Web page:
Education – A right under threat 

Jerusalem, November 8, 2006

Yesterday a teacher at Birzeit University in the West Bank told me how the Israeli army of occupation is interfering with the education of his students. I said I would not use his name in anything I wrote, but he said he did not mind as he feels he must speak out even if he is imprisoned, beaten or killed – threats he feels are constantly present. A Jewish friend of his, who refused to serve in the army and has now moved to the US, said to him that he understood why he smokes and drinks much coffee because of the strain of living under the occupation.

When the teacher was a student, his studying was delayed for four years, from Feb ’88 to Mar ’92, by the longest and last closure of the 15 the Israelis subjected the university to. Now Israel interferes with education by delaying, refusing passage to, or arresting students at checkpoints, and the situation has been made much worse by the Wall. Students imprisoned by the wall round Gaza have been unable to see their parents in the West Bank for five years.

“Education is a right which Israel is denying,” said the teacher. “Israel dominates our lives; we need a free state and to be given back our dignity.”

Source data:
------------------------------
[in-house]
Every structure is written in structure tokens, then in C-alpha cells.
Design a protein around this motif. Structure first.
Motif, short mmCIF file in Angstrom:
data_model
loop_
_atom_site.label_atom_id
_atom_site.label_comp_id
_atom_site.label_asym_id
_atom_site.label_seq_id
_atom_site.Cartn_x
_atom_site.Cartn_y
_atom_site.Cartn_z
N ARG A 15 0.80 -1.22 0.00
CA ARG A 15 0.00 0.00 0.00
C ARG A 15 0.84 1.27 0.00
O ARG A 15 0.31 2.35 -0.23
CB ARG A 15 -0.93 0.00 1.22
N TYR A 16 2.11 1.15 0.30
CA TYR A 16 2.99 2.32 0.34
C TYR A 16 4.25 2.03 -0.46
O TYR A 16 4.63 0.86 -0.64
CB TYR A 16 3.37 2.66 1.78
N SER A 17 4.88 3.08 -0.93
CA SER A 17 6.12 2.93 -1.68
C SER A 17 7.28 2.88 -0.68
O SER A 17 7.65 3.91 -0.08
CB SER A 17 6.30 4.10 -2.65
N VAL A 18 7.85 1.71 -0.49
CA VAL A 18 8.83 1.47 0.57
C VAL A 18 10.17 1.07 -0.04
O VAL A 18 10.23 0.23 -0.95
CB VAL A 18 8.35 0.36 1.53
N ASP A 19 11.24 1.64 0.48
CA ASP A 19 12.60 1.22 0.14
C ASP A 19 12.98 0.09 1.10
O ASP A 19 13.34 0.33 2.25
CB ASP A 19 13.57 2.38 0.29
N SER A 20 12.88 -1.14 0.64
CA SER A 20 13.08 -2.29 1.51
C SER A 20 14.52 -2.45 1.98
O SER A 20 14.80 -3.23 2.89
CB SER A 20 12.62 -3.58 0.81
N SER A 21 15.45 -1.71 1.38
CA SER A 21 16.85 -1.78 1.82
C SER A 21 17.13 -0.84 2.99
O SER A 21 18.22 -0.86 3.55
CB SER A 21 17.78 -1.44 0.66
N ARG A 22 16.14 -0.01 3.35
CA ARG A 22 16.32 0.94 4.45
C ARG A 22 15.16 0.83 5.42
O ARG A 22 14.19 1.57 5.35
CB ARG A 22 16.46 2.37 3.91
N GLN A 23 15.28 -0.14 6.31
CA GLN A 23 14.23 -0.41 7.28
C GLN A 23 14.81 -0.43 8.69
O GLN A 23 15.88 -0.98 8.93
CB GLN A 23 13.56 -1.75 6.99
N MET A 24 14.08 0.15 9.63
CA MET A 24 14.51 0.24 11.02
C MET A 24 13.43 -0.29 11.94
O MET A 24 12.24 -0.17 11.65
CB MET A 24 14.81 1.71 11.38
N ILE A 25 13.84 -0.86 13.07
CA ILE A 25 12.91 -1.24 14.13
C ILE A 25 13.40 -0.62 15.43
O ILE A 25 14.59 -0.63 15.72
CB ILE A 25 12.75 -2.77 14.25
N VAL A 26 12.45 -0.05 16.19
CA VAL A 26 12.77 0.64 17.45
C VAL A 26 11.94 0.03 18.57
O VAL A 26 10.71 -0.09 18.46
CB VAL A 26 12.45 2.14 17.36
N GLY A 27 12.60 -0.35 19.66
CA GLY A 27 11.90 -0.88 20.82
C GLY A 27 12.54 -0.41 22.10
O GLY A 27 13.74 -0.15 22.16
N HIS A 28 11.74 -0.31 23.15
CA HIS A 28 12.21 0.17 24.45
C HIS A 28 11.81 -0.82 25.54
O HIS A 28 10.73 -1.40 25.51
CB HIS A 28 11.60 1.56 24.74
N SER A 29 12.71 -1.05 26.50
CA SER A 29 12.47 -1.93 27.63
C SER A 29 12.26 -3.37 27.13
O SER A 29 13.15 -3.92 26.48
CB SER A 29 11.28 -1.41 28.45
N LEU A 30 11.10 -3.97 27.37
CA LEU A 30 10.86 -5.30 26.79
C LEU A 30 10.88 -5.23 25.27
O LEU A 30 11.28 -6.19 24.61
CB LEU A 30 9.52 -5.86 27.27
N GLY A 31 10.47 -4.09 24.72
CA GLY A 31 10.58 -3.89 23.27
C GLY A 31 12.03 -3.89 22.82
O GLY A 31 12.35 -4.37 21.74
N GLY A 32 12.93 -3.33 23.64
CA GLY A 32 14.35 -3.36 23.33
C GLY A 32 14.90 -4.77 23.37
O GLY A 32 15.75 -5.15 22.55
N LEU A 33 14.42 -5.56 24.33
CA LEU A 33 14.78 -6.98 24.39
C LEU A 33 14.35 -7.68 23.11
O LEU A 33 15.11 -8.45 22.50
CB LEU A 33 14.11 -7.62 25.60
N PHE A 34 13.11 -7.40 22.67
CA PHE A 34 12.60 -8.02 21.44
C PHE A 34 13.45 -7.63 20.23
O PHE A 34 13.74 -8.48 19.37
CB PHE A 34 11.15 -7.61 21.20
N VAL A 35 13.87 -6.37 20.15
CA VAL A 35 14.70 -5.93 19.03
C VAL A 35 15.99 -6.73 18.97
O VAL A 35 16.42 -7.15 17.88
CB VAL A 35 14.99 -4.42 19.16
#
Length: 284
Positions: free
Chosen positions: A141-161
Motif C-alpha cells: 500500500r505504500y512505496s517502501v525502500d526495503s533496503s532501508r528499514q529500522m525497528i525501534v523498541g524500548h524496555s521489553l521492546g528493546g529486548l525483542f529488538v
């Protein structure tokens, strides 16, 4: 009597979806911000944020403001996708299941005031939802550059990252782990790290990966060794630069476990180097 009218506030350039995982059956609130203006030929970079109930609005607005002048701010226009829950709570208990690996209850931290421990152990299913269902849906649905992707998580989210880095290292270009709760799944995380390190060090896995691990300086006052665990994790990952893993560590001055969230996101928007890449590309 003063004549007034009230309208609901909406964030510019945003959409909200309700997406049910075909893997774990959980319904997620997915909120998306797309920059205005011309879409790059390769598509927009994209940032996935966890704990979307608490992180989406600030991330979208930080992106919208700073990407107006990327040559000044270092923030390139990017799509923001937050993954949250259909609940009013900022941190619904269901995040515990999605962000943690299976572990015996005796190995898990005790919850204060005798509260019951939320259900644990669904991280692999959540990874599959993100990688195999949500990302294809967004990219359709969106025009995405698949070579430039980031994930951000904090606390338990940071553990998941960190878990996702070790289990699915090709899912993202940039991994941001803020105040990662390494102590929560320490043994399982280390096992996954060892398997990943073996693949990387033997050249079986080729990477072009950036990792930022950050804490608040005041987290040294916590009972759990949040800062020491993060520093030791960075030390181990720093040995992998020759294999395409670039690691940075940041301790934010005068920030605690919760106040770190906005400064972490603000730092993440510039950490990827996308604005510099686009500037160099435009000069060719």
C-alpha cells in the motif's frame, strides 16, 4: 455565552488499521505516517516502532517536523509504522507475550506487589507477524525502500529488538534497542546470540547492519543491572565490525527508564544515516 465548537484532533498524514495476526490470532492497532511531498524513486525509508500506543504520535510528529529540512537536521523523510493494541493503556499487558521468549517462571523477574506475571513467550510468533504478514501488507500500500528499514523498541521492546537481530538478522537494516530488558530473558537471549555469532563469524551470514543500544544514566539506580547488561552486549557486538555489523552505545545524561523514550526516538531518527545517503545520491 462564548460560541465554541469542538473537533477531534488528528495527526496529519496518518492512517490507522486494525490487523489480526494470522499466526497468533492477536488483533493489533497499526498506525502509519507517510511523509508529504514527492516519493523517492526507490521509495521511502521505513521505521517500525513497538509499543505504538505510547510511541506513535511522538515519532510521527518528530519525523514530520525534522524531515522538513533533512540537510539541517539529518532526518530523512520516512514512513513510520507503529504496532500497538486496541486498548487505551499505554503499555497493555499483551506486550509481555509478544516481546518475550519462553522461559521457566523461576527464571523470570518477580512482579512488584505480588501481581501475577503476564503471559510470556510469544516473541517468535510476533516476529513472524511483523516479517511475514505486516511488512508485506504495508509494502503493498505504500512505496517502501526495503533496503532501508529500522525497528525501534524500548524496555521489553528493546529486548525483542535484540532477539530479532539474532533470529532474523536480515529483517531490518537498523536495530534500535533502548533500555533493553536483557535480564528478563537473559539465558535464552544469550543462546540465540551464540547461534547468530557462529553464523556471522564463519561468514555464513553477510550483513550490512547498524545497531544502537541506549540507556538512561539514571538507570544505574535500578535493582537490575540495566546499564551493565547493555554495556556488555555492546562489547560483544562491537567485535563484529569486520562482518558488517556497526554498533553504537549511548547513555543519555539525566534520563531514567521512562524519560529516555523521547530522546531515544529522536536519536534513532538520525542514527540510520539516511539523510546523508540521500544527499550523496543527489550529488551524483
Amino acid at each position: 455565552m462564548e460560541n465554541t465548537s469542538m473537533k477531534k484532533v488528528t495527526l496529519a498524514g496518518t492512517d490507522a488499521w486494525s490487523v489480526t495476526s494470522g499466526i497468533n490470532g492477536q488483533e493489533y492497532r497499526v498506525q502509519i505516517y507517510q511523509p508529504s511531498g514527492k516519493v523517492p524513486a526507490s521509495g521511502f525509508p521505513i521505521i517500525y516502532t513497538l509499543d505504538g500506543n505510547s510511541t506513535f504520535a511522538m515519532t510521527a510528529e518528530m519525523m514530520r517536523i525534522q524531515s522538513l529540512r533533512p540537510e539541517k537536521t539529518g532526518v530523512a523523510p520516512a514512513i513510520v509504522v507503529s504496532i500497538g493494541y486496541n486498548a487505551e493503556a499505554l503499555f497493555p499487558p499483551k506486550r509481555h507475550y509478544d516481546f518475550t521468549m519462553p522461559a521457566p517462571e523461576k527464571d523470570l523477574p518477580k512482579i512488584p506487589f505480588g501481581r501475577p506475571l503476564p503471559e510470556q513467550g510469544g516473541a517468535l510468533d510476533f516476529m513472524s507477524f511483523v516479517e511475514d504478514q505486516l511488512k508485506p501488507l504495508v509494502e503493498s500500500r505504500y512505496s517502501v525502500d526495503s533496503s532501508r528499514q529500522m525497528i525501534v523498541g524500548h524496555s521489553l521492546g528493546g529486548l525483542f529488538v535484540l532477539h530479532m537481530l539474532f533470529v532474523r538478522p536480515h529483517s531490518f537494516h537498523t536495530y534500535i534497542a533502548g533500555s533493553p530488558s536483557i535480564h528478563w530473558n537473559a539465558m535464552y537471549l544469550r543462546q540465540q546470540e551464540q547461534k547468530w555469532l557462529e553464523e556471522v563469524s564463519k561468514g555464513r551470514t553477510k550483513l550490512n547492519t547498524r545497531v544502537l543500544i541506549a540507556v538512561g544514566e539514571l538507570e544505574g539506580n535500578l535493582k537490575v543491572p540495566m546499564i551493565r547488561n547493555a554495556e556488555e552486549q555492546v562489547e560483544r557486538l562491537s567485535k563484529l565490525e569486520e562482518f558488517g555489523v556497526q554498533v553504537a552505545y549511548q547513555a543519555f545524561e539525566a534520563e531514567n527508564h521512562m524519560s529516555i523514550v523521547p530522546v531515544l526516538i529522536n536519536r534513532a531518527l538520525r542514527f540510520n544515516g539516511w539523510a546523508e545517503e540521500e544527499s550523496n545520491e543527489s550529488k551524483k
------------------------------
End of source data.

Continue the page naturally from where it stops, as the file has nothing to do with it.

Birzeit university receives 40% of its income from student fees. These can no longer be paid by many of the students because of rising unemployment suffered by their parents, as a result of Israel’s measures to destroy the Palestinian economy. The threat of being sent down from the university for non-payment of fees recently led to a student strike. There is now a pressing need for additional funding so that students who can no longer pay fees may receive bursaries or scholarships. A channel for this is the Friends of Birzeit University in Britain. Likewise the charity, Friends of Al Quds Medical School, could support the provision of bursaries which will let students continue to attend the Palestinian medical school in Abu Dis. I was there last year as part of FQMS’ assistance to the school by arranging visits of medical teachers from Britain.

On a lighter note: returning from Birzeit to Jerusalem I was held up at Qalandia checkpoint as the Israeli soldiers there did not like me photographing the turnstiles and X-ray equipment which has replaced the more usual sort of checkpoint which used to be there. “We are herded like animals,” complained a Palestinian with justification. I was refused exit from the checkpoint and no one was permitted through while I was trapped between the in and out turnstiles. I was then made to wait in a small room before an officer came to erase my pictures. In the meantime I swapped the memory chip in my camera so there was only a blank one for him to view!

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